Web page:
It seems like it’s Leonardo DiCaprio’s time to shine since he’s been winning award after award with his innumerable horde of fans. DiCaprio is one of the biggest names in the Hollywood scene, his name sells out theaters, millions of his fans crawl up to try to get his love and attention and his career will not die without this Oscar win. He’s certainly getting it though despite his performance feeling more like an exercise in endurance rather than emotional memory; the much publicized commitment he had makes himself look more talented than he is. Even by DiCaprio’s standards his performance isn’t the best male performance of the year, just because he went through a difficult production doesn’t warrant an Oscar. Arguably the best actor in this year’s race was Michael Fassbender showing a remarkable performance that feels all too real as the manipulative, business genius that was Steve Jobs. It’s a great performance, and certainly an Oscar worthy one. Of the many snubs Johnny Depp is the most sorely lacking here for his work in Black Mass. It was really one of his best performances in years and when Johnny Depp gives one of his best, it should stand proudly among the best of the year.
Will Win: Brie Larson – Room Could Win: Saoirse Ronan – Brooklyn
Should Win: Brie Larson – Room
Biggest Snub: Emily Blunt – Sicario
On the complete opposite end of the spectrum, the Best Actress seems to be rightfully going to not just the best female performance of the year, but maybe the best performance of the year in general. Brie Larson is one of the finest young actress we have right now, and she’s provided one hell of a role for her to outdo. Larson’s performance as a kidnapped woman, trying to protect her son from the same trauma she’s endured is a stunning experience. It’s one of the most raw, convincing and honest performances to come from 2015. Larson is simply incredible, and she even manages to outshine some truly outstanding actors who populate this nominee list such as Cate Blanchett and Charlotte Rampling; the only real threat she has is Saoirse Ronan’s performance in Brooklyn and that too is a very good performance, but it still seems small compared to the giant that is Brie Larson. While a good five nominees, the one who should be here is Emily Blunt’s under appreciated role in Sicario which was the fine actress’ best performance by far of her career.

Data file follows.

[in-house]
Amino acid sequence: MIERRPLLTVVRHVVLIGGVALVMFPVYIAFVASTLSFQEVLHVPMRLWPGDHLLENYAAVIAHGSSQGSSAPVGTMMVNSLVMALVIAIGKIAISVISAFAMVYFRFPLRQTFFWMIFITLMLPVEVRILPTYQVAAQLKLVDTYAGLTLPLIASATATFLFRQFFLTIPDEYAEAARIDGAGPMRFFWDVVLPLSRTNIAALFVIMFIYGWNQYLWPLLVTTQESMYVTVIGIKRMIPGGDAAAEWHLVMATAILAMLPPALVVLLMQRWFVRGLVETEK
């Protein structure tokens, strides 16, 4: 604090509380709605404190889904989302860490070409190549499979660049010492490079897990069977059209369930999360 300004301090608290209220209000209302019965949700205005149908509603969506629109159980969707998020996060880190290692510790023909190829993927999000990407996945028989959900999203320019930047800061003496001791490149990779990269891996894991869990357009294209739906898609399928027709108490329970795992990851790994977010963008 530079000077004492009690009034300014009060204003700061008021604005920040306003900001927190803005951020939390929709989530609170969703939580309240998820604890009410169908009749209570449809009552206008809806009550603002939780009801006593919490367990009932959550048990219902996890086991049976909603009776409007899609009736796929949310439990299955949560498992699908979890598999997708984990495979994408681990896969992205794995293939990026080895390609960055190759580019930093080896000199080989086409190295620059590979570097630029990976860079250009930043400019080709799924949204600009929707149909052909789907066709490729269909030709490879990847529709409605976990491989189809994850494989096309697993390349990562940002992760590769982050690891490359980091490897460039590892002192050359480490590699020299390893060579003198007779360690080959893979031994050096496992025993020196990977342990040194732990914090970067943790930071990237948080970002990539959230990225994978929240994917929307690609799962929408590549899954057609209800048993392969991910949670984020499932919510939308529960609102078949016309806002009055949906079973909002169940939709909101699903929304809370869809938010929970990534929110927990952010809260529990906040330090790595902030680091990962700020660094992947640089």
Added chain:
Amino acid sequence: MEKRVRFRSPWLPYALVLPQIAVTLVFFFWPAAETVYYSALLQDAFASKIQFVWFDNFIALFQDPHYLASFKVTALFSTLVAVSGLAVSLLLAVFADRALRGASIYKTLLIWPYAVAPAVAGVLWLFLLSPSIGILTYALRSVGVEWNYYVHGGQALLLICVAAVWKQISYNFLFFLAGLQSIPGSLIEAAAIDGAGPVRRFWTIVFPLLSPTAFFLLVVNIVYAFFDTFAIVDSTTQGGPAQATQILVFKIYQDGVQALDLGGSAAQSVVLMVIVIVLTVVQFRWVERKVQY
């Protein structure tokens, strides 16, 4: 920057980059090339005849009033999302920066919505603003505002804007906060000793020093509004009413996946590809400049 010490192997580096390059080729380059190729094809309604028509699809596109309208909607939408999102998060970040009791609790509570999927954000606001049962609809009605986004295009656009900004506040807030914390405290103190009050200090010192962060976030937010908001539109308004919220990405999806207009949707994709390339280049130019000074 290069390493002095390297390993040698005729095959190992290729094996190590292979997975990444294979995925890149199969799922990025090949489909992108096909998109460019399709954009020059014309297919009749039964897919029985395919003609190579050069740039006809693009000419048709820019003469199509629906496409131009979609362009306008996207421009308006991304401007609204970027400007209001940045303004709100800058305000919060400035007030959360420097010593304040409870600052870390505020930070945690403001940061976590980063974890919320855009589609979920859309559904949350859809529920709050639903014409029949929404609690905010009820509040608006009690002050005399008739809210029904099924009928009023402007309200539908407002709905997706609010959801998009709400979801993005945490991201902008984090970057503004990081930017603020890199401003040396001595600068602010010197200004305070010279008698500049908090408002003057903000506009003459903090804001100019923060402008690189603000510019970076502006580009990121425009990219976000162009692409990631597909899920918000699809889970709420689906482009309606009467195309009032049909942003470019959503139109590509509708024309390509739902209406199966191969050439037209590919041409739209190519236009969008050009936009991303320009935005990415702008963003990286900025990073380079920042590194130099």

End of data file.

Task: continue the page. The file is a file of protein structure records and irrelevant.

Best Supporting Actor
Will Win: Sylvester Stallone – Creed
Could Win: Mark Rylance – Bridge of Spies
Should Win: Tom Hardy – The Revenant
Biggest Snub: Michael Keaton – Spotlight AND Benicio Del Toro – Sicario
While Sylvester Stallone seems poised to win based on his career, rather than performance, that’s not to say that it’s bad that he wins, on the contrary seeing Stallone with an acting Oscar is something that would be a crowd pleasing moment. But as far as the best performance goes, it’s Tom Hardy who gave perhaps the best piece of acting here. Hardy has always been one of those actors who gets far less credit as evidence when everyone talked about DiCaprio as opposed to his acting which is vastly superior as an actual performance. Hardy may have it, but if Stallone goes up for that trophy, it’ll be well deserved win as well. However, this is a category full of missing names, one of note includes Idris Elba for Beasts of No Nation however the two biggest snubs include Michael Keaton for Spotlight and Benicio Del Toro for Sicaro both of which belong on a year’s best list for acting with both of these great actors providing some of their very best work.